- The Magazine
One of the more frustrating aspects of the annual media rite of ”Year in Review” stories is that they start hitting around Dec. 1, which means that the people creating them either don’t know or don’t care that there are a good three to four weeks left in the actual year. Granted, this annoys me in large part because I happen to be a Christmastime baby, born Dec. 29 shortly before the clock ran out on 1967.
Lacking a manger or a group of strange men bearing presents, my birth wasn’t exactly an example of an auspicious event (though my decision to debut at 12:01 a.m. probably made an impression on my mother). Still, a lot can happen in the final days of the year. Phil Robertson, the patriarchal star of a redneck reality show of dubious ”reality,” Duck Dynasty, can set off a national controversy by comparing homosexuality to bestiality and murder, then reminiscing about how blacks used to be so happy under Jim Crow. Then a failed former governor and vice presidential candidate can jump to his defense against the ”hatin’ intolerants” — seriously, Sarah Palin’s gusto for torturing the English language is Cheney-esque — only to have to admit to a Fox News interviewer that she hadn’t actually read any of his words.
Phil Robertson of ”Duck Dynasty”
(Photo courtesy of A&E)
To be fair, Robertson did use some larger words that generally only come from Palin through a ghostwriter, so expectations were already low.
The point is that expectations shouldn’t be low for interesting events in December. The year doesn’t end with the last punch thrown at a Wal-Mart Black Friday sale. Just ask The Advocate, the national gay magazine that named Pope Francis ”person of the year” in early December based on the pope’s groundbreaking statement about homosexuals, ”Who am I to judge?”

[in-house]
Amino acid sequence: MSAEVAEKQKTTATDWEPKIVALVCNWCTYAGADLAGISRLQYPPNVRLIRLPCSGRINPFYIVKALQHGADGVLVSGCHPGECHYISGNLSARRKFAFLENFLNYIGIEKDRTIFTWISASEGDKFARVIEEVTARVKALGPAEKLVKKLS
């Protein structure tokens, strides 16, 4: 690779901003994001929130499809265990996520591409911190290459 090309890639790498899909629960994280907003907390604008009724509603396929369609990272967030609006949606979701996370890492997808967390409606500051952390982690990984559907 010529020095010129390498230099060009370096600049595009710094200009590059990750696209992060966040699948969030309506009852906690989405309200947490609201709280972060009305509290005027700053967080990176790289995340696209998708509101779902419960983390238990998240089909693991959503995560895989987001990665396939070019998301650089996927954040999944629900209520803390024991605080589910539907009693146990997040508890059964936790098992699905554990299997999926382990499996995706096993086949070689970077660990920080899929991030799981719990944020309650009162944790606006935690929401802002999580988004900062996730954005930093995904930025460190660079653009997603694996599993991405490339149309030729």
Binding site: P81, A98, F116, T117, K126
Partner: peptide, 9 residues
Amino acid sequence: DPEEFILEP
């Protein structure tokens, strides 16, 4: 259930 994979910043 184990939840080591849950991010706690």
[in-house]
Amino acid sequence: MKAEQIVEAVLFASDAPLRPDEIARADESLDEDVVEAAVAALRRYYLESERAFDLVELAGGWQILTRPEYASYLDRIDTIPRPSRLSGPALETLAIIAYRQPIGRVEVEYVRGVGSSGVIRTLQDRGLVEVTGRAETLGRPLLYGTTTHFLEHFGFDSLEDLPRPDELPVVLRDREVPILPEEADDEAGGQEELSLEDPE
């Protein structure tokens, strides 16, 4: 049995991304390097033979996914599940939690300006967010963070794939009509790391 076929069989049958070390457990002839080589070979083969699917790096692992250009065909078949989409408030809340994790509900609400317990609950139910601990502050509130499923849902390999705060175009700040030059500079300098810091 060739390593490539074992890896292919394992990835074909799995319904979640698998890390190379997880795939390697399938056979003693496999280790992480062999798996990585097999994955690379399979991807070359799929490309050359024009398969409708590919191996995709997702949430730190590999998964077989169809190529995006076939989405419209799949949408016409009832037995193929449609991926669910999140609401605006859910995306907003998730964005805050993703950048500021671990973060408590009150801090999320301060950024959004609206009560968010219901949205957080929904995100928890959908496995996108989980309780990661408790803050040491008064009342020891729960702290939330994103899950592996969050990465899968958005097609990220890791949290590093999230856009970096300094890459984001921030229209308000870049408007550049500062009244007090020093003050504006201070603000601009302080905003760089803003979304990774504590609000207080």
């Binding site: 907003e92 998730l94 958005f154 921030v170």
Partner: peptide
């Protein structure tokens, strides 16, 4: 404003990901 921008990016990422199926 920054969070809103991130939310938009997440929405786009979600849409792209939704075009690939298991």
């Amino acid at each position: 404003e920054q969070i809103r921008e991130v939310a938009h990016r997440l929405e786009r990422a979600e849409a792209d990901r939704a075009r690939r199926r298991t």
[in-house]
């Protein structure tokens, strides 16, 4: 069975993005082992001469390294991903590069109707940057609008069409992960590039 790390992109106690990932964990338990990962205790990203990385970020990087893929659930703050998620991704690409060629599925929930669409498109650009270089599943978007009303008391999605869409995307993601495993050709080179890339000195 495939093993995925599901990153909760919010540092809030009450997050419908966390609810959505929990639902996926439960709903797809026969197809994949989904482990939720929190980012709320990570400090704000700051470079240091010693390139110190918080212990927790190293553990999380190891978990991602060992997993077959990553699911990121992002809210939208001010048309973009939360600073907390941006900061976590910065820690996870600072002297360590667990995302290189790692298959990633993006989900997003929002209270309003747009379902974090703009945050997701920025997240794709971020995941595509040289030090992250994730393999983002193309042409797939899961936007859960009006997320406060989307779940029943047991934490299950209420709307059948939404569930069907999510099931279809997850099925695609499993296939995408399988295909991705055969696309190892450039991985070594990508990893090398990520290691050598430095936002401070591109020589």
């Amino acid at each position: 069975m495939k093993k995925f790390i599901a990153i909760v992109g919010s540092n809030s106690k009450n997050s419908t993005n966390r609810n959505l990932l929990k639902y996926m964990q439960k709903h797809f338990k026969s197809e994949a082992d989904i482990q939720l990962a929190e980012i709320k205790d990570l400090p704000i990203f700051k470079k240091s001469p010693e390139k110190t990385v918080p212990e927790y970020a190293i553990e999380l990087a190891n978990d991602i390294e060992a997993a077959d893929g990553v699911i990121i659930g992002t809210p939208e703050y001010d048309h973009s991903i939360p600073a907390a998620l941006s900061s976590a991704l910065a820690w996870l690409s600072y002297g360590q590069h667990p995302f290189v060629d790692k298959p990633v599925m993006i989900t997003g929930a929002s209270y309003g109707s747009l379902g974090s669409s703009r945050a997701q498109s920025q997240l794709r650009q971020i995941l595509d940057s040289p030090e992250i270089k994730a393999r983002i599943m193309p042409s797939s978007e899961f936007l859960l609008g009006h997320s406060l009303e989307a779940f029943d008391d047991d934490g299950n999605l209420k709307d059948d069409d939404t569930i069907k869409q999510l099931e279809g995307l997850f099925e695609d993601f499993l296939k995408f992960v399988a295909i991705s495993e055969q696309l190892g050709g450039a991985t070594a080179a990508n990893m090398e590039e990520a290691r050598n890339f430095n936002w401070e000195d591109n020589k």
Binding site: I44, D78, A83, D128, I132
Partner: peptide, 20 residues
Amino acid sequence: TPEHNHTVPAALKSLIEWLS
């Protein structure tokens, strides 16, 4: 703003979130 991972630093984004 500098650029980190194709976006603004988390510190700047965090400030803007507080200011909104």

Again, a case of expectations already being low. In essence, The Advocate bestowed the honor on Pope Francis in light of what they thought he might do in the future. Funny enough, 2013 hadn’t yet ended when that future arrived with the pope being ”shocked” at the idea of gays adopting children, encouraging the bishop of Malta to campaign against legislation that would allow it. As I’ve said before, this is the problem with writing ”person of the year” stories in the future tense.
The final days of 2013 weren’t all crotchety rednecks, problematic popes and the War on Christmas. There were also huge marriage victories in court, as redder-than-red (and Mormon-iest of the Mormon) Utah became the latest state where same-sex couples can enjoy the same marriage rights as heterosexuals and Ohio learned that it can no longer refuse to recognize same-sex marriages performed in other states.
So gays married in Utah can now move to Ohio and still remain legally married, which means we are living in a topsy-turvy world. Also, since both court decisions relied on this year’s Supreme Court decision on marriage equality, Windsor v. United States, and signal that national marriage equality is probably even closer than we thought, it’s ever more apparent that some magazine editors really misunderstood which people had the biggest impact on LGBT lives in 2013.
All this is just a reminder that a year isn’t over until it actually ends. The arbitrary nature of a ”year” aside, news and history keep on happening. At the risk of being a bit too on-the-nose, it’s also a reminder that despite a wonderful year of victories for marriage equality, the fight for equality isn’t over. Phil Robertson will stay on television because there are massive numbers of Americans who agree with his vile thoughts on homosexuals and African-Americans or, perhaps worse, just don’t care.
A lot more is going to happen between here and the finish line.
Sean Bugg is editor emeritus of Metro Weekly. He can be reached at seanbugg@gmailcom. Follow him on Twitter @seanbugg.
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